Review by Ragan Sutterfield, World Ark contributor
When a New York Times reporter asked Wendell Berry whom he would like to write his life story, he shuddered. “A horrible thought. Nobody. As the only person who ever has lived my life, I know that most of it can never be documented, is beyond writing and beyond words.” So you can imagine the challenge documentary filmmaker Laura Dunn faced when she set out to create a film about Berry—a man famous for not owning a computer or a television, and harboring a general distrust of all things mediated by screens.
Four Favorites From Wendell Berry
If this review piques your interest, here are a few favorites sure to turn you into a Wendell Berry devotee.
- The Long-Legged House
- A Place on Earth
- A Timbered Choir
- Citizenship Papers
Dunn’s previous film, The Unforeseen, features a poem by Wendell Berry. She said she was surprised by how many people asked her about the poem’s author. While Berry was a transformational writer for Dunn, many people in her audiences had never heard of him. She decided her next film would focus on the writer and farmer, a man Michael Pollan credited as the instigator of the “national conversation around food and farming.”
Berry refused to appear on camera for the film, so Dunn had to reimagine her approach. The result is a powerful documentary that seeks to not so much look at Berry as with him. The Seer tries to capture through Berry’s eyes a vision of American agriculture as farming became more industrialized and many agricultural communities faded away.
The film joins archival photographs and film of Berry, on-camera interviews with Berry’s wife and daughter, and interviews with farmers in Berry’s native Kentucky with audio interviews Dunn conducted with Wendell Berry himself. The resulting film is more powerful than a simple biopic. It carries forth Berry’s vision by returning our gaze to the land and its people—“the membership,” as Berry calls it, of his place.
The opening sequence is made up of short cuts of cityscapes, coalmines and factories as Berry reads a poem about a nightmare:
…I saw the last known landscape destroyed for the sake
of the objective, the soil bulldozed, the rock blasted.
Those who had wanted to go home would never get there
It is a poem about displacement and destruction, all in the name of economic progress.
The film weaves pieces of Berry’s biography and writing life with interviews of farmers caught in economies of scale that violate the limits of both the land and its people. It is these interviews with farmers that I found the most moving part of the film. Many are large scale, industrial farmers, of the sort that are viewed by many local food activists as “the enemy.” But in the interviews it becomes clear that these are people who love the land, who love farming, but are forced into destructive modes of survival by an economy that is stacked against them. They are victims of the kinds of farming policies that Berry has been advocated against from his earliest writing, especially in his 1977 book, The Unsettling of America.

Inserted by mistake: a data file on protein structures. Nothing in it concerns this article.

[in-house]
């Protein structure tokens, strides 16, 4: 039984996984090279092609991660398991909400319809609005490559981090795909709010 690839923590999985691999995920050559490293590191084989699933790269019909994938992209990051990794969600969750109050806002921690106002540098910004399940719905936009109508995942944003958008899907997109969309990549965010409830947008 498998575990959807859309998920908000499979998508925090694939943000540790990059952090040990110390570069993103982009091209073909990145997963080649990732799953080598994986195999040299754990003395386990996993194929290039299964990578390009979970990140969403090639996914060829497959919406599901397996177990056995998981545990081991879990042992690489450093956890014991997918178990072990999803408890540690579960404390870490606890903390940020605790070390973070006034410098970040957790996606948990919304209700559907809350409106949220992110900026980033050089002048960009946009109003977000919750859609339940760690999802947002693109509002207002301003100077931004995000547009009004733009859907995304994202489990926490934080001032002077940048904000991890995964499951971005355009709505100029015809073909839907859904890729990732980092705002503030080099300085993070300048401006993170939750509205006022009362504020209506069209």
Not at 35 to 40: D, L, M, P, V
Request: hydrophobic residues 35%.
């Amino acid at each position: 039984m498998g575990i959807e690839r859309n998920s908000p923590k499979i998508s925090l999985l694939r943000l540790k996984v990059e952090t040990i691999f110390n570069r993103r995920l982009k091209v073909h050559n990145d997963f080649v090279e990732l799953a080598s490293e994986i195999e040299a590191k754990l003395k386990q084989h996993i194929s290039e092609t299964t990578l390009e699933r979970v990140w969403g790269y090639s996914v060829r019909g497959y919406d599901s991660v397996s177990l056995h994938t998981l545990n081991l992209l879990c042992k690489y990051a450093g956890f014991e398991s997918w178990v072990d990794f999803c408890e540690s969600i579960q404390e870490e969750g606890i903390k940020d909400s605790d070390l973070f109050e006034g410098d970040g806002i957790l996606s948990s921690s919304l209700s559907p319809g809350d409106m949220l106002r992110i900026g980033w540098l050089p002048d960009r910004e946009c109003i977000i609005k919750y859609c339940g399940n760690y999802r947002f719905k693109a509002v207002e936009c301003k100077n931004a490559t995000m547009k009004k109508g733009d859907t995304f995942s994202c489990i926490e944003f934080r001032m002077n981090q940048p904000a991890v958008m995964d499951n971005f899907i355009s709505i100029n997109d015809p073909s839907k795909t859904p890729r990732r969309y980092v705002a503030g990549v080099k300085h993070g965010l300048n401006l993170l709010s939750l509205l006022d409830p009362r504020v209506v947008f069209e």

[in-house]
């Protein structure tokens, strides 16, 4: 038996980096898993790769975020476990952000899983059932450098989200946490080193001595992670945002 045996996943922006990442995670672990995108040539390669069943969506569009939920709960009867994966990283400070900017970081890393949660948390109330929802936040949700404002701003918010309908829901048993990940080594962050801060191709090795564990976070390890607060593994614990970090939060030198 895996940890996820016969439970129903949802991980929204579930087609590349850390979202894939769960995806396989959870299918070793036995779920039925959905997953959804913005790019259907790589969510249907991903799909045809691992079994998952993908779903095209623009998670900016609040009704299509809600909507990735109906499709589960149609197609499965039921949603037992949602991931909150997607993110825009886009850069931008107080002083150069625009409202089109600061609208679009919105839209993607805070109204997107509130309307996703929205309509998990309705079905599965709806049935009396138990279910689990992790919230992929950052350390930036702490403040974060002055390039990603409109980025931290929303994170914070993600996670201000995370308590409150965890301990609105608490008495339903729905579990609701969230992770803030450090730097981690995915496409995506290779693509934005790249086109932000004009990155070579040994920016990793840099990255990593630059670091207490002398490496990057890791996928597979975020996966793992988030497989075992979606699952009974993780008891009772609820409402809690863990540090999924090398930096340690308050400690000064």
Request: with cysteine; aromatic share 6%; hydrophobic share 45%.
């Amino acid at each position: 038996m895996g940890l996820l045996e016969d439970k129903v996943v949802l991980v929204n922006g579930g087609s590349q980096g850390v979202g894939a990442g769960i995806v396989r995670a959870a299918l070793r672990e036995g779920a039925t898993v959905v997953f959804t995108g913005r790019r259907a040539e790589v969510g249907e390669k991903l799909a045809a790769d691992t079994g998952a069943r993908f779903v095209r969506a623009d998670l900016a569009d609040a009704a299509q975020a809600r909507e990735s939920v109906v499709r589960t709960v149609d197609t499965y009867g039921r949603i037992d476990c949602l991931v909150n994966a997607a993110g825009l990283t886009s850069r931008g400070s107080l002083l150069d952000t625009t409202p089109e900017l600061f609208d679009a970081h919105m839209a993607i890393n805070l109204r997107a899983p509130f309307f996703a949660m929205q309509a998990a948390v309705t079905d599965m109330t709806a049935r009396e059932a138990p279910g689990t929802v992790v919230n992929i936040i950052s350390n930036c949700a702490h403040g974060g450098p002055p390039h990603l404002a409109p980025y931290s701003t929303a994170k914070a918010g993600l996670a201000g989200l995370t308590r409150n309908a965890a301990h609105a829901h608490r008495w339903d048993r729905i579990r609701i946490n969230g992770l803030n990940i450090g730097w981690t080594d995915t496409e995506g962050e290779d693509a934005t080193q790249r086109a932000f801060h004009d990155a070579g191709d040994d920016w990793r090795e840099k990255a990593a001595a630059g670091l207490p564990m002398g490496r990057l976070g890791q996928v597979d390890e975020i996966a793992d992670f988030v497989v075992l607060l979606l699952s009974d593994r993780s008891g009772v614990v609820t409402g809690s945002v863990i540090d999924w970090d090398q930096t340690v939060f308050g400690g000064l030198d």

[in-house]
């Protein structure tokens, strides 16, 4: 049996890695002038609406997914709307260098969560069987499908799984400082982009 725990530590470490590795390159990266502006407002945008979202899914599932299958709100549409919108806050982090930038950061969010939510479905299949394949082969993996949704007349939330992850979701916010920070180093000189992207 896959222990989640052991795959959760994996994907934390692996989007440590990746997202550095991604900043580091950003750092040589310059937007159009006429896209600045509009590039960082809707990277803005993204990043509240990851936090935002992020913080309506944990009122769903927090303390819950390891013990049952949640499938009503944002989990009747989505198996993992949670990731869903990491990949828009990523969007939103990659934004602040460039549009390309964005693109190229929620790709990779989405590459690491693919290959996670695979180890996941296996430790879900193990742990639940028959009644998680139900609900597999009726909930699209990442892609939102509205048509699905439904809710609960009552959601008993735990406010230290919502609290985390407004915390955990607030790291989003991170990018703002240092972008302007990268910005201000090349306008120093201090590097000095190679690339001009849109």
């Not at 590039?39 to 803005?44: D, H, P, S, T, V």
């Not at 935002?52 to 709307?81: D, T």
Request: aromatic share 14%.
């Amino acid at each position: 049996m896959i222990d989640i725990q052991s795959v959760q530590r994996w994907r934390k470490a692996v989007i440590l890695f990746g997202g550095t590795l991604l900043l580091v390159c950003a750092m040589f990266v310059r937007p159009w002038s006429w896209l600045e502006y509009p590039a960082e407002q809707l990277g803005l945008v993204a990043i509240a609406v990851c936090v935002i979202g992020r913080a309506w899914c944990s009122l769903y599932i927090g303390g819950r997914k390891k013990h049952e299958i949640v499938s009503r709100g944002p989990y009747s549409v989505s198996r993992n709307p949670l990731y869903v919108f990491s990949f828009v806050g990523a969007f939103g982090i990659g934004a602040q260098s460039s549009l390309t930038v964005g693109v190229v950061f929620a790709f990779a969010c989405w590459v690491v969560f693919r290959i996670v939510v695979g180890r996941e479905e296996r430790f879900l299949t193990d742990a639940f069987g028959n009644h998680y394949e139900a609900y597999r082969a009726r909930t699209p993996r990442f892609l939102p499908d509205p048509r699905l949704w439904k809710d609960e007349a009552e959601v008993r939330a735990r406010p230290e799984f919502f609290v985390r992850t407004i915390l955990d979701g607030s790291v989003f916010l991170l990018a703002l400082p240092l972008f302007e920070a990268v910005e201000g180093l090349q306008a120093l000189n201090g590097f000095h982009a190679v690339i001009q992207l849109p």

A glimpse of hope in the film comes in a series of interviews with Steve Smith, a Kentucky farmer who was trapped in the same net as most farmers—growing more crops and yet going into more debt as prices continued to fall. But unlike many other farmers who responded by continuing to expand their acreage or quit farming altogether, Smith pursued a different way of doing things—intensive organic vegetable production. He was desperate for a solution so he tried it, becoming the first Community Supported Agriculture farmer in Kentucky. And though it isn’t mentioned in the film, he also came to know and eventually marry Wendell Berry’s daughter.
This mix of the tragic realities of country life, with hope that there is a different way, is something one finds throughout Berry’s poems, novels and essays. The Seer captures this, along with the other emotive force of Berry’s work. For myself and many others, reading Wendell Berry leaves us wanting to live more deeply, to embrace a better and more holistic life. He is the kind of writer who can change what you eat for breakfast, and maybe even the work you go to afterward.
When my wife and I finished watching the screening of The Seer our response wasn’t simply a nod, a sigh, or even a “Wow,” as it is with many films. Instead we started into a conversation about how to live in light of the truth and hope of Berry’s vision as offered in the film. “I only wanted to start a conversation,” Berry once said of his work. The Seer is a film that carries that conversation forward in a new way with new audiences.